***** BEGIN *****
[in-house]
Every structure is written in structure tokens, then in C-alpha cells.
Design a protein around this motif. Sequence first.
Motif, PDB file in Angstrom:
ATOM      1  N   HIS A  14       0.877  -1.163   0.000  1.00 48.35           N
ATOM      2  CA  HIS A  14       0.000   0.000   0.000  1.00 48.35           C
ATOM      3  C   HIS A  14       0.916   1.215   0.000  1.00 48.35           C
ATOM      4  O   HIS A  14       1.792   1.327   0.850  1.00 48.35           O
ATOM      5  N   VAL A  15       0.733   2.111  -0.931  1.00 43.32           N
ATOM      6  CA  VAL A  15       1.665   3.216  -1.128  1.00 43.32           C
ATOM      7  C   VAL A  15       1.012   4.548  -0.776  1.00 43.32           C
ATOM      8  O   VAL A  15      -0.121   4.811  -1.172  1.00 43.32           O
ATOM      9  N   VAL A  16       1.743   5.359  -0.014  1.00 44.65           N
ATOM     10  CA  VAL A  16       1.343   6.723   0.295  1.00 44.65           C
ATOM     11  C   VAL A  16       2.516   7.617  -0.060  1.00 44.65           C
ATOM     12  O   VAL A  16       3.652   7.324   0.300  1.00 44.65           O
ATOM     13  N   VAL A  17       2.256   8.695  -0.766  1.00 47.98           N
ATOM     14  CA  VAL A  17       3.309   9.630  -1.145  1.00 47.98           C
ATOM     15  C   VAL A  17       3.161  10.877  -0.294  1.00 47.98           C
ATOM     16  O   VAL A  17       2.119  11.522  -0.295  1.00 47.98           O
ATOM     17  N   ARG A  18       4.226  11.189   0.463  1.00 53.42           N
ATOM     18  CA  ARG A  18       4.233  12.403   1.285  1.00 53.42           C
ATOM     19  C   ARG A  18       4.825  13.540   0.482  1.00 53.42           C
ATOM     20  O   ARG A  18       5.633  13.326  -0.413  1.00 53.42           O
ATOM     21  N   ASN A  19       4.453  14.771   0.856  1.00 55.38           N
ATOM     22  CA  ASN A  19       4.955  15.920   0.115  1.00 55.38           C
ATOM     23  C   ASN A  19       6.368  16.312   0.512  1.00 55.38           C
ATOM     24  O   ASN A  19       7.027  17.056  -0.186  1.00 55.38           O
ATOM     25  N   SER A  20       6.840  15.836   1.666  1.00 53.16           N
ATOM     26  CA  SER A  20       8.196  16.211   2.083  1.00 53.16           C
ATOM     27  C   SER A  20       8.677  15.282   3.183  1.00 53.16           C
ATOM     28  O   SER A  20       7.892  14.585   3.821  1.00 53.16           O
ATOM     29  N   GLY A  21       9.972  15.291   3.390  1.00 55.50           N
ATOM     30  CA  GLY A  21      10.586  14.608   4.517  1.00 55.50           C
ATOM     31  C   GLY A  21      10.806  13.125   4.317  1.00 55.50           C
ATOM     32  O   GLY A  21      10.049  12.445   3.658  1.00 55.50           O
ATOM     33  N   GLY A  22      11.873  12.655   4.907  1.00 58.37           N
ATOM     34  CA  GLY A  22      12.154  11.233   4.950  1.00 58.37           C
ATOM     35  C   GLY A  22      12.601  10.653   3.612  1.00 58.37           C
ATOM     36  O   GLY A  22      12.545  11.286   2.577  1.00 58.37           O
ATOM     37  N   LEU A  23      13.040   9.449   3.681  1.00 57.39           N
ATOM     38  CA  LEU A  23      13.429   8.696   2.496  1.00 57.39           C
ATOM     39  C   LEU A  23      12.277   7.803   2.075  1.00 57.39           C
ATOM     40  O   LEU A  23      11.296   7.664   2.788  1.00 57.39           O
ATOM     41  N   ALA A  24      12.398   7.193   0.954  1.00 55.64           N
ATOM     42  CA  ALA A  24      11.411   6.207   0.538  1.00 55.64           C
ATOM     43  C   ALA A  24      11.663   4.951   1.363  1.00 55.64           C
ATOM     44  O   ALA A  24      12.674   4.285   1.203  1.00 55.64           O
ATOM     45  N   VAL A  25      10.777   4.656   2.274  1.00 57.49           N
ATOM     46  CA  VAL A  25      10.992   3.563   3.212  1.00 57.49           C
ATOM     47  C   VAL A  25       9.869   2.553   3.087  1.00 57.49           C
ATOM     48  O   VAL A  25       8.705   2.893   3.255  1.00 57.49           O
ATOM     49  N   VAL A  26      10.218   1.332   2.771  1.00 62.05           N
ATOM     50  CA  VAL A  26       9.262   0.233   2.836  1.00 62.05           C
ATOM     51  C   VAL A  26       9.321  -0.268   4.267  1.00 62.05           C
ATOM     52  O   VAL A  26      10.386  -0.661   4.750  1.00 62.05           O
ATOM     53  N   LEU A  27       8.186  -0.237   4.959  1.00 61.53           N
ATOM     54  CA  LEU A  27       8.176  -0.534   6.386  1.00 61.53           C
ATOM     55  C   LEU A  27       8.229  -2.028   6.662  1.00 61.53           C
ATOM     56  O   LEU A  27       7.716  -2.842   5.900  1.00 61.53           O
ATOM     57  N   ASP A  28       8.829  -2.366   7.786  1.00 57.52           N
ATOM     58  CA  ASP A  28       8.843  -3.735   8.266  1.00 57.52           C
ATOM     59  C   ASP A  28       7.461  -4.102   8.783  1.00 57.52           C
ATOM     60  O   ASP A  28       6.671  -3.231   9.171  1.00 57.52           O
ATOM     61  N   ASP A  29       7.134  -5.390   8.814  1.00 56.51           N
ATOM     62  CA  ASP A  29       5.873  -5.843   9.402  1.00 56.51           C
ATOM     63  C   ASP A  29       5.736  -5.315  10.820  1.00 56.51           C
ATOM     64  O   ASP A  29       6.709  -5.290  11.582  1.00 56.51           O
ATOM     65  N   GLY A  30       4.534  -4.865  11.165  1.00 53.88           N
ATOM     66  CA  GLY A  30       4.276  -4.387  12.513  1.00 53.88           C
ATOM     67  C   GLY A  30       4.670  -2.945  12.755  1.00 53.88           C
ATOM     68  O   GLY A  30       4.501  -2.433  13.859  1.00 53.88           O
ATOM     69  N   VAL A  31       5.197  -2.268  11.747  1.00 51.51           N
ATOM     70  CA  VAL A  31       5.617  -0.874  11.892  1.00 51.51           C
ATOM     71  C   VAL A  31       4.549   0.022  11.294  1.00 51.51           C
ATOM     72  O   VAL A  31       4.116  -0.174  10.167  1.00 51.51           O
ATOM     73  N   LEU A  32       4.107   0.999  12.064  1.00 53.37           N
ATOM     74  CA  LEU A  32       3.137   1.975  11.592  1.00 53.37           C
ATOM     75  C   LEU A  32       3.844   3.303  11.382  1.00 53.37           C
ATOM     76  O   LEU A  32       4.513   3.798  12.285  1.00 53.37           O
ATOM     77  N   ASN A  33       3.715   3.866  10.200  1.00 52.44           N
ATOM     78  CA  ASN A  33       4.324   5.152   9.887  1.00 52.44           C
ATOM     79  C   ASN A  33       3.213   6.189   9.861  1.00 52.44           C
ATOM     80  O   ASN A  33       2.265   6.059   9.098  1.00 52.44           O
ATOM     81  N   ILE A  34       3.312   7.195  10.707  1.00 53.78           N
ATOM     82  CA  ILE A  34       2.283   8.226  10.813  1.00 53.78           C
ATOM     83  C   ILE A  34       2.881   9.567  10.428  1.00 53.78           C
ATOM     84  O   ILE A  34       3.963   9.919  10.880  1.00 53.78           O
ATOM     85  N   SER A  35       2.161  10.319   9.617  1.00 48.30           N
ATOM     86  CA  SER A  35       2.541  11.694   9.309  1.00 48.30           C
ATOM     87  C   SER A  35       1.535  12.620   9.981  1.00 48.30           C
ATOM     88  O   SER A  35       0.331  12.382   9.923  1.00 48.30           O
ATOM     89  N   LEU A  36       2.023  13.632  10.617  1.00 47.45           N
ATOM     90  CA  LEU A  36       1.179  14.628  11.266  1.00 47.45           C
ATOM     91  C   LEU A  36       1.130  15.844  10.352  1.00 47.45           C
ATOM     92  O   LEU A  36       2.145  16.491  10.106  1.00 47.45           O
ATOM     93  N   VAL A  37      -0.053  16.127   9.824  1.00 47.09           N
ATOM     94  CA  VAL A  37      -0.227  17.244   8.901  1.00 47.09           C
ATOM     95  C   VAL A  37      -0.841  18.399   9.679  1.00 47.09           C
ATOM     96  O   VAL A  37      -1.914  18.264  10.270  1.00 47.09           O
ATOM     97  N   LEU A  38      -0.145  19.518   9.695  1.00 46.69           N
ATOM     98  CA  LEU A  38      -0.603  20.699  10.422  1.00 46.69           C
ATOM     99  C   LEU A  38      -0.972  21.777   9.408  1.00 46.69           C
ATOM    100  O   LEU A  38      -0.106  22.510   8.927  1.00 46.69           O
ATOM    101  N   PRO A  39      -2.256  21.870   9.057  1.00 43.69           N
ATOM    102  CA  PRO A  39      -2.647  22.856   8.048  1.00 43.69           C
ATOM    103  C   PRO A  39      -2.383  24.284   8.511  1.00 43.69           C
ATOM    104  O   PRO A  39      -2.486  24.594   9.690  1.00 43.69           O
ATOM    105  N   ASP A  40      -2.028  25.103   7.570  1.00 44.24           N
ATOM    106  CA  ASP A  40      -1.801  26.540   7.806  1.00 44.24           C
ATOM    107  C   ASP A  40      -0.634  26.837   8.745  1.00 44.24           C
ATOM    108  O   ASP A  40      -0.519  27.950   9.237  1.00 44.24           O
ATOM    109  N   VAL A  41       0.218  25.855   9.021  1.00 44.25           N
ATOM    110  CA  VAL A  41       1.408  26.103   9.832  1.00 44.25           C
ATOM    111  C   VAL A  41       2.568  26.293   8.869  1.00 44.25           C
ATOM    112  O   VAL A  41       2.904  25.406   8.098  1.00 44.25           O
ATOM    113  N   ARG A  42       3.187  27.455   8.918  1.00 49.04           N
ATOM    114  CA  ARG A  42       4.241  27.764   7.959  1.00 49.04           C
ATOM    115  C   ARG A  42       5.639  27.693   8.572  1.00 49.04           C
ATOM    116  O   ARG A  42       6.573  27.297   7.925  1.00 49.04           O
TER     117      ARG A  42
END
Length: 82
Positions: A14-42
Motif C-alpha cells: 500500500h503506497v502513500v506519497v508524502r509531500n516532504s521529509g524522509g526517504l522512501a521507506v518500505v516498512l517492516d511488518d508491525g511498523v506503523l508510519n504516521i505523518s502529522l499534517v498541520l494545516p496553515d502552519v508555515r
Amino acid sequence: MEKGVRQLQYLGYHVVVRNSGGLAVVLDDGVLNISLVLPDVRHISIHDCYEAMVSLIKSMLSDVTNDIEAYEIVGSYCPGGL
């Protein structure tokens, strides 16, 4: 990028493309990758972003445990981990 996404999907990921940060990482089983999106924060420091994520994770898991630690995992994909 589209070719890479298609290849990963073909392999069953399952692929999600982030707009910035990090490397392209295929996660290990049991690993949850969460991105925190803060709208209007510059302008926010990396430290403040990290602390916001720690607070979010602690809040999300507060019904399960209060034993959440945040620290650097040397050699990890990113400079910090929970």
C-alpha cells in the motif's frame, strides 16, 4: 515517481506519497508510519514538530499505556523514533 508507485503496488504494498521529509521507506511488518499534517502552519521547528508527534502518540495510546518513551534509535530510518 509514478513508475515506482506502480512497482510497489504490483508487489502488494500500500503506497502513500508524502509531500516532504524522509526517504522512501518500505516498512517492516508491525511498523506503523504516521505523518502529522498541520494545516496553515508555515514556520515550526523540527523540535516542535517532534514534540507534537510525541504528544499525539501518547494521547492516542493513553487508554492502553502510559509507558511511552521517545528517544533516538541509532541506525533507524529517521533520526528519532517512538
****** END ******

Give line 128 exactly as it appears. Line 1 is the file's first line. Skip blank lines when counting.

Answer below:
C-alpha cells in the motif's frame, strides 16, 4: 515517481506519497508510519514538530499505556523514533 508507485503496488504494498521529509521507506511488518499534517502552519521547528508527534502518540495510546518513551534509535530510518 509514478513508475515506482506502480512497482510497489504490483508487489502488494500500500503506497502513500508524502509531500516532504524522509526517504522512501518500505516498512517492516508491525511498523506503523504516521505523518502529522498541520494545516496553515508555515514556520515550526523540527523540535516542535517532534514534540507534537510525541504528544499525539501518547494521547492516542493513553487508554492502553502510559509507558511511552521517545528517544533516538541509532541506525533507524529517521533520526528519532517512538